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About JusDennis

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  • Birthday 09/02/1954

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  • Location
    Fresno Ca.
  • Interests
    Too many to list
  • College Major/Degree
    CSUF, no Degree
  • Favorite Area of Science
    On the fringe
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    Just ordinary guy
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  1. As for as the papers themselves, This thing won't let me post links yet. But if you do a search of either one of the titles. it'll take you right to them. Merged post follows: Consecutive posts merged Now those are the words of a small mind. I don't recall posting any creationist drivel. And who said anything about the appalachians?
  2. Denigrate /ˈdɛnɪˌgreɪt/ [den-i-greyt] –verb (used with object), -grat⋅ed, -grat⋅ing. 1. to speak damagingly of; criticize in a derogatory manner; sully; defame: to denigrate someone's character. 2. to treat or represent as lacking in value or importance; belittle; disparage: to denigrate someone's contributions to a project. But you didn't mean it that way right? Read the research. Look at the images. Let's keep personality out of it.
  3. herer's one of the pictures: Keep in mind that I am not calling this a crater. Those are blast effects. not impact/cratering effects.
  4. No my friend it isn't imaginary like the "faces on mars". I didn't come here looking for personal and insulting opinions about the quality of my eyesight, my level of inteligence, rationality, or the power of my imagination. I started this thread seeking intelligent, dispassionate, scientific discussion about a theory in a public science forum. If you don't want to make the effort to read the research papers and look closely at the images described please do us all a favor and keep your rude opinions and denigrating comments to yourself.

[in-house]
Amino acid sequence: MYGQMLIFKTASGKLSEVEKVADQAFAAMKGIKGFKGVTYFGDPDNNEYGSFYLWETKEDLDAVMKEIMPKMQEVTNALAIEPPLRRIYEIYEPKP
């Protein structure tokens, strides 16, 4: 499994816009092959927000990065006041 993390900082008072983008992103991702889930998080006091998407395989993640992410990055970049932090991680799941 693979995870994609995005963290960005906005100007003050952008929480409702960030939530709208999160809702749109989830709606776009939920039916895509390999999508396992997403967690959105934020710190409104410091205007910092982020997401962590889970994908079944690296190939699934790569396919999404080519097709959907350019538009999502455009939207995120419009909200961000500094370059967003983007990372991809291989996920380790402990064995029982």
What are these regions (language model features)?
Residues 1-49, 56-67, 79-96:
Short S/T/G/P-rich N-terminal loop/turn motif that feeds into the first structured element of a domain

5. There has been much research published lately that describes, in detail, an explosion that wiped out North America 12,900 years ago. But where did it happen? The answer is that the site of the Pleistocene/Holocene comet impact event some have described has been right under our feet all along. But the stupendous size of the thing is almost beyond comprehension. And that is why we never realized what we were standing on. And until we saw Shoemaker-Levy 9 hit Jupiter, it would have been incomprehensible that such a thing could possibly happen at all. The story of finding it is a lot like the ancient story of the blind men and the elephant. The blind man who feels a leg says the elephant is like a pillar; the one who feels the tail says the elephant is like a rope; the one who feels the trunk says the elephant is like a tree branch; the one who feels the ear says the elephant is like a hand fan; the one who feels the belly says the elephant is like a wall; and the one who feels the tusk says the elephant is like a solid pipe. And then someone explained to them: All of you are right. The reason every one of you is telling it differently is because each one of you touched the different part of the elephant. So, actually the elephant has all the features you mentioned You see, all of this time we've all been like the fleas on an elephants back, who, when asked what they were standing on, replied; "Why, this is our world of course!" The scars left by a billion megaton explosion that devastated an entire continent shouldn’t be that hard to spot, should they? Not after only a few thousand years anyway. As it turns they are as plain as day for all the world to see. We just needed to get a little distance. Simply turn on Google Earth (not Google Maps it's too slow) set it to the highest resolution you can get, open your eyes, then zoom out to about 1300 miles, and then look closely at the eastern USA. If you know some one who has military experience with aerial surveillance photos have them look with you. The two circles you see centered on north central Alabama are not mere artifacts of the software. I believe they were caused by the compression waves of rapid, multiple explosions of unimaginable magnitude. And that they are the ghostly signature of the beginning of the Pleistocene/Holocene extinction. The explosions didn't cause a crater in the normal sense. But it could be confused as one if you don’t look close enough. Careful analysis of sedimentary deposits all over North America on will give results that are consistent with a large exploding comet about 12,900 years ago.. The thing is, those circles are more than 250 miles in diameter. And that's why most folks will glance at it and say "Nah, no way, that's impossible". And they'd right if the circles were the rim of a crater. A deep impact that is powerful enough to make a crater that big would probably kill everything on the earth but insects and germs. The circles are part of a compression wave structure from an above ground explosion a billion (that's right, I said a billion) times more powerful than Tunguska, and not the rim of a crater at all. The comet fragments look to have exploded in the air like the Tunguska event. But it was a rapid series of objects 2 to 4 miles in diameter exploding above ground. And each explosion was so powerful that they broke the very bedrock and left a giant compression wave frozen in the earths crust like a ripple in a pond. And at the center you’ll find a fracture star like a stone fracture in a windshield. But this one is 12 miles long and 6 miles wide. And the town of Marshal Alabama is at the center of it. There were other fragments too, and if you look closely you can see their footprints in the perfect circular depressions 30 or 40 miles wide around and near Marshal. The other major explosion left a circular impression 65 miles wide, with another set of compression waves centered on eastern Tennessee and with a splash curtain extending over 400 miles to the northeast. The amazing thing is that as incomprehensible and fantastic as it may seem that such an immense impact structure could be real, and that it has been under our feet all this time, the comet explosions that could cause just such an impact structure are precisely what are described in exquisite detail by R.B. Firestone etal. In their research entitled: Evidence for an extraterrestrial impact 12,900 years ago that contributed to the megafaunal extinctions and the Younger Dryas cooling. And in another paper by C. Vance Haynes Jr. Departments of Anthropology and Geosciences, PO Box 210030, University of Arizona, Tucson, AZ 85721 Entitled: Younger Dryas ‘‘black mats’’ and the Rancholabrean termination in North America See for yourself. Dennis Cox P.S. I have both of those papers in PDF format for all who are interested.